A female high school golfer in Massachusetts, who competes on the boys’ team because her school doesn’t field a girls’ team, shot the lowest score of all competitors in a qualifying tournament to determine the individual qualifiers in the boys’ state tournament.
She did so while playing from the same tees as the boys, carding a 3-over 75 and beating the next-closest challenger by four strokes.
But guess what? Emily Nash doesn’t get to compete in the individual state tournament. She doesn’t even get recognized as the qualifying tournament champion or get a trophy.
Because … er … well, there’s a weird rule.
Per a story from the Telegram in Worcester, Mass.: “The Massachusetts Interscholastic Athletic Association allowed Nash to compete with the Lunenburg High boys’ team in the Division 3 tournament because Lunenburg doesn’t field a girls’ team in the spring. But an MIAA rule states, ‘Girls playing on a fall boys’ team cannot be entered in the Boys Fall Individual Tournament. They can only play in the Boys’ Team Tournament. If qualified, they can play in the spring Girls Sectional and State Championships.’”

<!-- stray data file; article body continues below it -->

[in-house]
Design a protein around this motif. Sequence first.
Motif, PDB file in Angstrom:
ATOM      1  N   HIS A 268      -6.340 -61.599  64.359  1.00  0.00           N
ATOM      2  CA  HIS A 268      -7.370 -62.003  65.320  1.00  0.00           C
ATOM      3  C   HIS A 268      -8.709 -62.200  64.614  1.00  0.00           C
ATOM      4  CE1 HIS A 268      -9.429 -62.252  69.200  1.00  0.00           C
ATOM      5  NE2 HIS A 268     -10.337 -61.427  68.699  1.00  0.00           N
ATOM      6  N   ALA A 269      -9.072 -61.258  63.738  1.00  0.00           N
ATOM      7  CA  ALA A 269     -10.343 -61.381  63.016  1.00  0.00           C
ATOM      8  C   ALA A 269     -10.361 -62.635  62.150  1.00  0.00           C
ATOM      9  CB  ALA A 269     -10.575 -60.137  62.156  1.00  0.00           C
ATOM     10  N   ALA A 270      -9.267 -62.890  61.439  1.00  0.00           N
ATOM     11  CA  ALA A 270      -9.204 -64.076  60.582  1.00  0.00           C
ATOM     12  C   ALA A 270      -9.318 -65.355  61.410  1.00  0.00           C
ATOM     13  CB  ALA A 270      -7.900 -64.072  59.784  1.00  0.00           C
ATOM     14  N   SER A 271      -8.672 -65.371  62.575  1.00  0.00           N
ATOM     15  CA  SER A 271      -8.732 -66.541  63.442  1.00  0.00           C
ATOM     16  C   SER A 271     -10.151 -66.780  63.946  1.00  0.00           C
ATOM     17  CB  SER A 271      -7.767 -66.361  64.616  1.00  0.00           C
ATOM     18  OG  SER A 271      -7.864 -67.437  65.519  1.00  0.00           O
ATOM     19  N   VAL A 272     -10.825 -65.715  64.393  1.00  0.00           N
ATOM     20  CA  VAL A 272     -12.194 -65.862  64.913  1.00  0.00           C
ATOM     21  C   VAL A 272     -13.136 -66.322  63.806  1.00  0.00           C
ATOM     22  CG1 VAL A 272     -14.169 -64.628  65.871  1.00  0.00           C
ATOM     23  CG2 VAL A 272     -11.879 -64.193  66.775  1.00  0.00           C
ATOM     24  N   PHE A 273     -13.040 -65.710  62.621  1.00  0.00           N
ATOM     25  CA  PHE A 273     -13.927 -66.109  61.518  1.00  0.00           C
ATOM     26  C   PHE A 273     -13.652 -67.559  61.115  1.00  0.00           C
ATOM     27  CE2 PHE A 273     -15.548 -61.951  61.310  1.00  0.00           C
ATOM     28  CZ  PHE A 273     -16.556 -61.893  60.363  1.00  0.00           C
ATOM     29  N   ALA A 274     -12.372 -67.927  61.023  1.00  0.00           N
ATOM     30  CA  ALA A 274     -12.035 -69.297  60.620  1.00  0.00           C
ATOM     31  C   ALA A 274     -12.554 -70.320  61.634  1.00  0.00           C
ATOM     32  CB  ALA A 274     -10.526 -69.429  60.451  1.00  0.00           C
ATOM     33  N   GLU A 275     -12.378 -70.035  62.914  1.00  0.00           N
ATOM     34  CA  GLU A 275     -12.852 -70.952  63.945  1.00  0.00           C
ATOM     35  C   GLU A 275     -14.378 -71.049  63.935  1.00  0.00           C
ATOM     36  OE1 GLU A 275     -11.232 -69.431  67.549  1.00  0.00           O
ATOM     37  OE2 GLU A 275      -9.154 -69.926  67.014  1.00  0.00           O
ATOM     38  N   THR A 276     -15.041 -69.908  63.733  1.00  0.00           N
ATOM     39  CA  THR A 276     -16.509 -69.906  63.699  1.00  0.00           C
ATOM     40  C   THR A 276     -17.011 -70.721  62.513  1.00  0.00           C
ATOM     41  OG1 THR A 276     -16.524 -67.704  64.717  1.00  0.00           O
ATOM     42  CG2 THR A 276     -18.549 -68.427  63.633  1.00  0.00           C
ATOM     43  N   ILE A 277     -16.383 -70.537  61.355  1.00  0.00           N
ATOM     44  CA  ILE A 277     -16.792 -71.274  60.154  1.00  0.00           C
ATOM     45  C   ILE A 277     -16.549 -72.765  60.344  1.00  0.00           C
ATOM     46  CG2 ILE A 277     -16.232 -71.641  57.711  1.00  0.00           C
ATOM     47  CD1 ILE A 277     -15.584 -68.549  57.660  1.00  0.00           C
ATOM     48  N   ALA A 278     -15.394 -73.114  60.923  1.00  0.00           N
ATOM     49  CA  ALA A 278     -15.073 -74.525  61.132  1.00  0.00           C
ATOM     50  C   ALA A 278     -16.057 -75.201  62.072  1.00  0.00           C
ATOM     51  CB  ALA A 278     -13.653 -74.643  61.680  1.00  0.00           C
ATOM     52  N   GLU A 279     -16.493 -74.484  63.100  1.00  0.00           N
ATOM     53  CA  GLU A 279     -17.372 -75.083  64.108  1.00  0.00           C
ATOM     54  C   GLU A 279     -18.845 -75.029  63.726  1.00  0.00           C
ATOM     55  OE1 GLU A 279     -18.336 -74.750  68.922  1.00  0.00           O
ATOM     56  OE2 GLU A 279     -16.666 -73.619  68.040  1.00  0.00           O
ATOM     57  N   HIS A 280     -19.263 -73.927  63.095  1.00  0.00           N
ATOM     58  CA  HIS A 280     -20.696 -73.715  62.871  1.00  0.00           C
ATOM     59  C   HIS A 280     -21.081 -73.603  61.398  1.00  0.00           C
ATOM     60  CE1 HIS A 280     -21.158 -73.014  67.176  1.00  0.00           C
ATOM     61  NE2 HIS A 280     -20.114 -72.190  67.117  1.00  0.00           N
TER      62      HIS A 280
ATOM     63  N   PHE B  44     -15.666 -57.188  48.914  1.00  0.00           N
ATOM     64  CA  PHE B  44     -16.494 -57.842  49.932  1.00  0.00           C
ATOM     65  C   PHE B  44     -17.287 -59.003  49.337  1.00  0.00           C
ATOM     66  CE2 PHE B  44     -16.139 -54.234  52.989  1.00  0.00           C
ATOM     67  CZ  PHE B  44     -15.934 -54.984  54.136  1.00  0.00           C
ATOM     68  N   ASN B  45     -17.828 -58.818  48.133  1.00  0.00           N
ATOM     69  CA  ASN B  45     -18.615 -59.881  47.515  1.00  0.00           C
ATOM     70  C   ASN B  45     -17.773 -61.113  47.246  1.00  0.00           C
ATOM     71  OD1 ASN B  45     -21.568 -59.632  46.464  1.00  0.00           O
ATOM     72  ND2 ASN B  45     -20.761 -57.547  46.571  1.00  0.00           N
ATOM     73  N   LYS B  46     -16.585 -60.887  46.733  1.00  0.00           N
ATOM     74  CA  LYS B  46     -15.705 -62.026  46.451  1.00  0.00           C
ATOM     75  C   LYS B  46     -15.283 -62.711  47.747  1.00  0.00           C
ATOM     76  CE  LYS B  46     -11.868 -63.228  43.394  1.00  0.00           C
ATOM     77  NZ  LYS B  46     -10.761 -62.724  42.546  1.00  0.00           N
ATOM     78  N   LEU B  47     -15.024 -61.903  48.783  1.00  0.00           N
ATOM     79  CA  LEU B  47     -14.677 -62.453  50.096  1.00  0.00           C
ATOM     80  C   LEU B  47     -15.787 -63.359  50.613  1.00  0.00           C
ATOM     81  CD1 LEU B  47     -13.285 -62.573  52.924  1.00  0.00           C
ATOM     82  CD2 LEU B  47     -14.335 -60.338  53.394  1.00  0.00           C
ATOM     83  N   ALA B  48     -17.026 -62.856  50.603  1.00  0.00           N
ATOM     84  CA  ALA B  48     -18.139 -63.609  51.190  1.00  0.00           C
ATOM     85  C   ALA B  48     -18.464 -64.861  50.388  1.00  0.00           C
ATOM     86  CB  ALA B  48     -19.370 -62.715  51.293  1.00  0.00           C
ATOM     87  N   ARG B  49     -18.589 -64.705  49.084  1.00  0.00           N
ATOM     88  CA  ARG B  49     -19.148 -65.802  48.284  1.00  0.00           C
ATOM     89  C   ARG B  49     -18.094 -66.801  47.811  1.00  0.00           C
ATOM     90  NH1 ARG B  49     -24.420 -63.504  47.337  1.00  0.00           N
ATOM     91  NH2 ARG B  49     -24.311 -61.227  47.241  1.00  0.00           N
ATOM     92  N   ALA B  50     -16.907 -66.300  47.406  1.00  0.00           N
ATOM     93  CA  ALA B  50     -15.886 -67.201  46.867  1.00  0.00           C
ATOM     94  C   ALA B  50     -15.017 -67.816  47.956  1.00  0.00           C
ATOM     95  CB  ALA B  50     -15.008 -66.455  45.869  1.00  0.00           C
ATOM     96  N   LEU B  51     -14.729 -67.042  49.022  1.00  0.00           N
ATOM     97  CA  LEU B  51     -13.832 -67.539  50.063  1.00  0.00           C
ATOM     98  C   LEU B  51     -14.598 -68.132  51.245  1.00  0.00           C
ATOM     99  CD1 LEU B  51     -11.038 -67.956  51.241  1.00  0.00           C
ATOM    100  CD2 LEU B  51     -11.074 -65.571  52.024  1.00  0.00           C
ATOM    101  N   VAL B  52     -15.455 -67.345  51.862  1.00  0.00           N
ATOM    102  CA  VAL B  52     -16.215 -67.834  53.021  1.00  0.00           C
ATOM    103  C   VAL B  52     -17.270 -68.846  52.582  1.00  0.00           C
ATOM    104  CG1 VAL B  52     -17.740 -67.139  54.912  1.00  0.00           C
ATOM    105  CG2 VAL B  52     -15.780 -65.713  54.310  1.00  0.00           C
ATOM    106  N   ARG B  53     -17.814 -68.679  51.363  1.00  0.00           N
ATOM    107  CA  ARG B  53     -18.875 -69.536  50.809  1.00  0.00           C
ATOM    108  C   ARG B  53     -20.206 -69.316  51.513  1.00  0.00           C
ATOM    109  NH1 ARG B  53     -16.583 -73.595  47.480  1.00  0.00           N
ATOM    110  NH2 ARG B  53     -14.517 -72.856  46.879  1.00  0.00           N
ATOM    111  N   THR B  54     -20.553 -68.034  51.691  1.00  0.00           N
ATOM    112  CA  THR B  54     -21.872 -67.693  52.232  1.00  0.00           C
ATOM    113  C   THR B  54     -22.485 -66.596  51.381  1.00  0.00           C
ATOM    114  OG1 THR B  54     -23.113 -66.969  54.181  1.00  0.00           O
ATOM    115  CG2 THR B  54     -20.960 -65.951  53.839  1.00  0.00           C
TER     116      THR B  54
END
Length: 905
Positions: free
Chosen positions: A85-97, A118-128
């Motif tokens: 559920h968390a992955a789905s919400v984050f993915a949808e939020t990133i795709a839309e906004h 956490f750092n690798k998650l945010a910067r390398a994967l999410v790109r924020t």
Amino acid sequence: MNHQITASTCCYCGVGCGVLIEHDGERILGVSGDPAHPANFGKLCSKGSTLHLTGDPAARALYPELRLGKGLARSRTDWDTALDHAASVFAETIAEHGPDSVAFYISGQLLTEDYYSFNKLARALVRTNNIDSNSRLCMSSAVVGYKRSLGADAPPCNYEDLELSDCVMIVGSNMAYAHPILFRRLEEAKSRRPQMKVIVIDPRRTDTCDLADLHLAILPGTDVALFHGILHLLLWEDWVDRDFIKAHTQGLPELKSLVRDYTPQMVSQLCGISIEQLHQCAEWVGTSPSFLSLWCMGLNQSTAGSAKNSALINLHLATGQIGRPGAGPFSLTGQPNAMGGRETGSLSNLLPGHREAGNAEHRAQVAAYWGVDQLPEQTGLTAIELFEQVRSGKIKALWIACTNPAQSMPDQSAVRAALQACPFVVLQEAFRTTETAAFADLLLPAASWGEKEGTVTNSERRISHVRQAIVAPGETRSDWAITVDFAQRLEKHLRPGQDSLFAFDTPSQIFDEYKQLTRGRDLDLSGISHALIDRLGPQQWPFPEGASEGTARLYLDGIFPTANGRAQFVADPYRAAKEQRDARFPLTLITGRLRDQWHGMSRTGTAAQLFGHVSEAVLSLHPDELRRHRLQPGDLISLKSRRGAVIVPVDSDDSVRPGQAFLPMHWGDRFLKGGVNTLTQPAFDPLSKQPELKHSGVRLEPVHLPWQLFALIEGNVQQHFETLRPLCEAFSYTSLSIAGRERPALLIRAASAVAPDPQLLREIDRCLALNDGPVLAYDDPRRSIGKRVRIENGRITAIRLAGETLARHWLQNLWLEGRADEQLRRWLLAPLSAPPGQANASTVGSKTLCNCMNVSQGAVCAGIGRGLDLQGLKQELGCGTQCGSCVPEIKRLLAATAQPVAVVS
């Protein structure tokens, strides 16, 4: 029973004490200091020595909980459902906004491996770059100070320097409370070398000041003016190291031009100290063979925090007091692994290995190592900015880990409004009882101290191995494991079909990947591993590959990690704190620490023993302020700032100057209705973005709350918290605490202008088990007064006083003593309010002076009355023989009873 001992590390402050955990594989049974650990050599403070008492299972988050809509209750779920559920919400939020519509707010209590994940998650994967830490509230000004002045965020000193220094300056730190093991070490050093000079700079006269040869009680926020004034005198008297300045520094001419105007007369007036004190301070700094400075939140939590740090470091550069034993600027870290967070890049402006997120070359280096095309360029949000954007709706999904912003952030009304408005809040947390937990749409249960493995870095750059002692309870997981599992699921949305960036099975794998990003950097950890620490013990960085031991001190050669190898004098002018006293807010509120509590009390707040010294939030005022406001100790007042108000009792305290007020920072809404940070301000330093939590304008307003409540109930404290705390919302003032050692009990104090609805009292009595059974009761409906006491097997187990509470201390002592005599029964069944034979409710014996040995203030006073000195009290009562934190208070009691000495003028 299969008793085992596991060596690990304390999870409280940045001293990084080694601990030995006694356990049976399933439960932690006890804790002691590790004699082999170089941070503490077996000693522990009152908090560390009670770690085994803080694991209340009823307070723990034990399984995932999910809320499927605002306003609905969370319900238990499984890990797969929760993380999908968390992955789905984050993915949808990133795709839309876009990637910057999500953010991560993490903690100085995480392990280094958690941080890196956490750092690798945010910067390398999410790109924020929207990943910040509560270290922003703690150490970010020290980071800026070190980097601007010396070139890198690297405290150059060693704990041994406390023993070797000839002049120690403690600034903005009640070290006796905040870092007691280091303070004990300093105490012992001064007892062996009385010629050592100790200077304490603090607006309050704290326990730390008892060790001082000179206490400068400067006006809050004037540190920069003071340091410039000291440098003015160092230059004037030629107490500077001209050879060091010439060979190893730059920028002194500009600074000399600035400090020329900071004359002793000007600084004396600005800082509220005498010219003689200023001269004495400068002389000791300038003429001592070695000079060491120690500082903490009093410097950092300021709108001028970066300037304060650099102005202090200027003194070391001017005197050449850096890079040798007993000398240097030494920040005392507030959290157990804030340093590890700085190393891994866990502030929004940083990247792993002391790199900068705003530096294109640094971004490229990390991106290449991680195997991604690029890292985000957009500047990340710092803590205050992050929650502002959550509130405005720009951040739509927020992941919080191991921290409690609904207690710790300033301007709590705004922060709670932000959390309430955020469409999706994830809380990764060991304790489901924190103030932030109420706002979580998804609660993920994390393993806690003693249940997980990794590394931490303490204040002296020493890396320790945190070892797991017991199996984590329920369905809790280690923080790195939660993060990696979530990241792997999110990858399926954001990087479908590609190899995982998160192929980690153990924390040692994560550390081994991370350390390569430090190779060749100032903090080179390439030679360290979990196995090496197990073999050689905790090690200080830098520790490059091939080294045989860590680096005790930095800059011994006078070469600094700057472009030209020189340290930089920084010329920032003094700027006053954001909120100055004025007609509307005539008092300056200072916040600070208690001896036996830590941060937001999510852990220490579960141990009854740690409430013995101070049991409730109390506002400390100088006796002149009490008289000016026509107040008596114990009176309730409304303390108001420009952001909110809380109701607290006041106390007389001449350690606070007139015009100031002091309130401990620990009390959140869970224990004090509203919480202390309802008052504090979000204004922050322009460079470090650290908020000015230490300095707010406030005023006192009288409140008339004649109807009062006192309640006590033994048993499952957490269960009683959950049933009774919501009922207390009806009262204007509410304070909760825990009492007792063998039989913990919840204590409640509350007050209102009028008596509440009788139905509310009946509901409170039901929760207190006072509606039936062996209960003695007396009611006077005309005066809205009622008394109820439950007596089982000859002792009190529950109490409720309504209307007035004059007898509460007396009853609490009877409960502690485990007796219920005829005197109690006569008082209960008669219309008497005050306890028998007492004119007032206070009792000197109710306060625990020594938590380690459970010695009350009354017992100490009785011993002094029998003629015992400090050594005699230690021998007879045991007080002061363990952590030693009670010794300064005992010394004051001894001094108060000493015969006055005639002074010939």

So the best golfer doesn’t win. Got it.
Nash is taking this a lot better than, say, I would if something like this happened to me.
“I was definitely disappointed, but I understand that there are rules in place,” she told the paper. “I don’t think people expected for this to happen, so they didn’t really know how to react to it. None of us are mad at the MIAA or anything like that, but I was definitely a little bit disappointed.”
The story gained attention in the last couple days around Boston and even drew some national scrutiny. Nash’s father, Bob, had this to say: “I think people feel it was an injustice, and I understand, (but) I think people are more bothered than we are to be quite honest. I’m a little surprised at the reaction. When she found out, she was like, ‘OK, no problem.’ She came home, she had dinner, and it was a non-issue.”